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Wayne Lordan retains faith in Gordon Lord Byron ahead of Haydock Sprint Cup

Big-race jockey Wayne Lordan believes Gordon Lord Byron is the "one to beat" in Saturday's Betfred Sprint Cup at Haydock.

Tom Hogan's pride and joy was a decisive winner of the Merseyside Group One in 2013 and was runner-up behind G Force in last year's renewal and Society Rock in 2012.

The seven-year-old has had mixed results so far this season, winning a Listed race at the Curragh and finishing a fantastic third in the Prix Maurice de Gheest at Deauville on his penultimate start, but he was a slightly disappointing third on his most recent appearance in the Renaissance Stakes.

Lordan feels the stronger pace Gordon Lord Byron is likely to encounter at the weekend will bring out the best in his mount.

"He's a fantastic horse and every day he goes racing he gives us everything. I'm really looking forward to riding him again," the jockey told At The Races.

"He likes the track so hopefully he can give a good account of himself.

"When he won the race it was pretty soft and it was soft last year. They're calling the ground good and I wouldn't think that's an issue for him either.

"My fellow is a good yardstick, so hopefully he is the one to beat."

Reflecting on his last run, Lordan said: " We didn't go too mad and quickened up from three (furlongs) out. He needs a very good, strong pace - that's why he runs well in the top-class races.

"He finished third, Moviesta won the race and he's not a bad horse on his day."

Gordon Lord Byron features in a maximum field of 17 runners, with the Henry Candy-trained Limato a significant absentee on account of the ground. The only other horse not declared is outsider Markaz.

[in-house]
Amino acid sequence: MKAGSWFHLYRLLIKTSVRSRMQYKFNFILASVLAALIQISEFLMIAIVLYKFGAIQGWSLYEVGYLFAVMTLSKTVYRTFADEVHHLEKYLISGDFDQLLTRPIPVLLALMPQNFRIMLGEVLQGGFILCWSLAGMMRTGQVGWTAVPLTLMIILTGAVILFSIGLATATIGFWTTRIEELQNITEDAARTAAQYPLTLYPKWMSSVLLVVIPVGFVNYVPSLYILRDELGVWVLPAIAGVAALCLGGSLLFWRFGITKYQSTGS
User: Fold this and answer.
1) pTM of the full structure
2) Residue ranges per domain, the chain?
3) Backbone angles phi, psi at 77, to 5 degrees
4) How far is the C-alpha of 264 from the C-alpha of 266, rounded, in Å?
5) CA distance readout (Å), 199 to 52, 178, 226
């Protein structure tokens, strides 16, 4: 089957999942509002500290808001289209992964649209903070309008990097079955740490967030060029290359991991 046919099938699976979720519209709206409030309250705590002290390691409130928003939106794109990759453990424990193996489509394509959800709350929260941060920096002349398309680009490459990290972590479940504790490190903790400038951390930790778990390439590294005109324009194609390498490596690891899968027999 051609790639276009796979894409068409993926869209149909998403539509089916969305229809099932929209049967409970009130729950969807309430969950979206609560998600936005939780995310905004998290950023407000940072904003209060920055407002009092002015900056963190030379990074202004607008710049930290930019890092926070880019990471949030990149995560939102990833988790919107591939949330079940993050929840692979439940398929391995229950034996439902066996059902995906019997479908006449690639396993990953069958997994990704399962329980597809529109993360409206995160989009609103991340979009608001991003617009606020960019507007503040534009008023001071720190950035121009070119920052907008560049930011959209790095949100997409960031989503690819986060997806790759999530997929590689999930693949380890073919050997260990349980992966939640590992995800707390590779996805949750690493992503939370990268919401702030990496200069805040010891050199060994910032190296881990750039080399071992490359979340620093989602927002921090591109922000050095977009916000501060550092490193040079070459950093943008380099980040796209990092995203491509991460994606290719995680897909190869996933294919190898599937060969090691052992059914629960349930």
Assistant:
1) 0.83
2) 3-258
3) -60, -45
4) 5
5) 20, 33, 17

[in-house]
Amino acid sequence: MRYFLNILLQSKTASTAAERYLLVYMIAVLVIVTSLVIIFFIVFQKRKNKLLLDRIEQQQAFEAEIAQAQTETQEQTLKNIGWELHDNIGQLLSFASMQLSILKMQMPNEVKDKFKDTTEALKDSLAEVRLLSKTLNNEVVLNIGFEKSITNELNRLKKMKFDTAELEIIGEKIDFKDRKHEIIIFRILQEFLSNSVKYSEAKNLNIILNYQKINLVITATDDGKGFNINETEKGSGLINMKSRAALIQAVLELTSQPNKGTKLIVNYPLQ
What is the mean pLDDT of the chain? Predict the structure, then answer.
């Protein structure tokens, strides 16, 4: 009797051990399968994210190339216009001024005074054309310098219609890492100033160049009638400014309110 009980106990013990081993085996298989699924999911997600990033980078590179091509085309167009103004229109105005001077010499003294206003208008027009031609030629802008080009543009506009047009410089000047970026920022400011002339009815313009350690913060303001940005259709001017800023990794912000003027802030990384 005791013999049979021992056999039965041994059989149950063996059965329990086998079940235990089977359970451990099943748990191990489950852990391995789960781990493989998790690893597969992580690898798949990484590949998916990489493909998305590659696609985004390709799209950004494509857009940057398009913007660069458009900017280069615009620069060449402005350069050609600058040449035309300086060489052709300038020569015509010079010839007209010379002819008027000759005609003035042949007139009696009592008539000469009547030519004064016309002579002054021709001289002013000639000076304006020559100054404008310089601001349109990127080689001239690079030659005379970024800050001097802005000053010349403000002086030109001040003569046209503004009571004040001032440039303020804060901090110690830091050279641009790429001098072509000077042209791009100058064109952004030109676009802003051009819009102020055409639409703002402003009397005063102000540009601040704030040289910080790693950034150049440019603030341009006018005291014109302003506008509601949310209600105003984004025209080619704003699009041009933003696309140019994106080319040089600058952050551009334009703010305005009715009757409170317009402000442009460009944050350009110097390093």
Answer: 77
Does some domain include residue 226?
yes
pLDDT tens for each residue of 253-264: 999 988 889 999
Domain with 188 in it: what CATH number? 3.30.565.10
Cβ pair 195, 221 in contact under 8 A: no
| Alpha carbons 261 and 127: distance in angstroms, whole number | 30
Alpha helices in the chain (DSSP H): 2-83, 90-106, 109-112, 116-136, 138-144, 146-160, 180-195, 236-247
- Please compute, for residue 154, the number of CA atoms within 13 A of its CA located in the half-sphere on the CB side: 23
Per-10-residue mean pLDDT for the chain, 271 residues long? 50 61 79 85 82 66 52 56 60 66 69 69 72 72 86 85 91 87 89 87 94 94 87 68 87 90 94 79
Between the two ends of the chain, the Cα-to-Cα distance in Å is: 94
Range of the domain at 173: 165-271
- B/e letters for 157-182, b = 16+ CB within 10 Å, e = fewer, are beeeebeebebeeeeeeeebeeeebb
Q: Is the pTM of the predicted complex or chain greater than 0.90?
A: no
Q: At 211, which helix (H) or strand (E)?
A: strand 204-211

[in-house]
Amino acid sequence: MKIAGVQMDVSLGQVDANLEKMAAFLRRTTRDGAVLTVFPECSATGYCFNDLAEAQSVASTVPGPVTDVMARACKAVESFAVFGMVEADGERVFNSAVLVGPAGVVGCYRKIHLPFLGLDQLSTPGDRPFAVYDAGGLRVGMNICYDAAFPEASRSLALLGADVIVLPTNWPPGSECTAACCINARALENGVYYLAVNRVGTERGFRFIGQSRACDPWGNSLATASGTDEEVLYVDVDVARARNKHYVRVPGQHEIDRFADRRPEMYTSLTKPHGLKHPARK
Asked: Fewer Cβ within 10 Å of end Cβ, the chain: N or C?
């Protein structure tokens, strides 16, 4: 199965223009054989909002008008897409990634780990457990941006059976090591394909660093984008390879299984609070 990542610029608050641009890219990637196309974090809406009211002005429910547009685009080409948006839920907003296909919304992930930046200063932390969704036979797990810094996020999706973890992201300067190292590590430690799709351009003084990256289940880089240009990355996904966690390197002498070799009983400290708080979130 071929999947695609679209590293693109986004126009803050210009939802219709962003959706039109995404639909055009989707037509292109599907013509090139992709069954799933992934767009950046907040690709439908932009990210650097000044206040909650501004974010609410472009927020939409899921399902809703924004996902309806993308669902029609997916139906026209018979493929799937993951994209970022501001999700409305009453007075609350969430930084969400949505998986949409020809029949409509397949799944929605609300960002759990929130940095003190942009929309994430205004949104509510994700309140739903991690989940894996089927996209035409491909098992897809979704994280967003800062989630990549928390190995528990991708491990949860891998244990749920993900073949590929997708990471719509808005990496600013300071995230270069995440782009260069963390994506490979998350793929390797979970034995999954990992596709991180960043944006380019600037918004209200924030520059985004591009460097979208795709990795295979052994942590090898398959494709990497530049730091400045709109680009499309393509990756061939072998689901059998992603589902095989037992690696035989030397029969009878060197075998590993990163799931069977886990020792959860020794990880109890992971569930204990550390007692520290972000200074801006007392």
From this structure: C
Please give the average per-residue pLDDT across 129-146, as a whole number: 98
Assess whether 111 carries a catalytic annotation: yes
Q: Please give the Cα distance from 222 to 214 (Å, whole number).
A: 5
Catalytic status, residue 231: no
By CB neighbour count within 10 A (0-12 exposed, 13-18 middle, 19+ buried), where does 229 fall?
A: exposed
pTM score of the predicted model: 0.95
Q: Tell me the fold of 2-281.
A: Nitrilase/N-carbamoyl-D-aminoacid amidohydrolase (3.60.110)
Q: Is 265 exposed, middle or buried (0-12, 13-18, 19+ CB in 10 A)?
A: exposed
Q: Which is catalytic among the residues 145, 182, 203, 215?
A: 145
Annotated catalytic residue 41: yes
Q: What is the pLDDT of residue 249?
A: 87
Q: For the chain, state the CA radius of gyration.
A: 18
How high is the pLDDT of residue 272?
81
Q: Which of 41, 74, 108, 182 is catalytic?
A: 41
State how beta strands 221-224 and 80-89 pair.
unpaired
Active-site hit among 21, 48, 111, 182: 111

Limato's defection means Candy relies on the unbeaten Twilight Son, who takes a significant step up in class in the hands of Fergus Sweeney.

Sweeney said: "My horse is obviously stepping up in class significantly, but he did it really well last time at York and Mr Candy knows his sprinters. He wouldn't be in there if he didn't think he could hold his own

"He's a horse that is very workmanlike, even at home. He's never magnificent in his work and just does what he has to do, so you never quite know what you've got in the tank.

"He's definitely better with a bit of cut in the ground."

Gordon Lord Byron is joined on the trip from Ireland by the Aidan O'Brien-trained Due Diligence and Eddie Lynam's multiple Group One winner Sole Power, who will be ridden by Chris Hayes.

Last year's winner G Force is one of two runners for David O'Meara, with the Nawton maestro also saddling Watchable, while Tim Easterby's Mattmu is another formidable Yorkshire challenger.

Other major contenders include Mick Appleby's Danzeno, the William Haggas-trained Adaay, John Gosden's hat-trick seeker Waady and Stewards' Cup hero Magical Memory from Charlie Hills' yard.


From Belfast Telegraph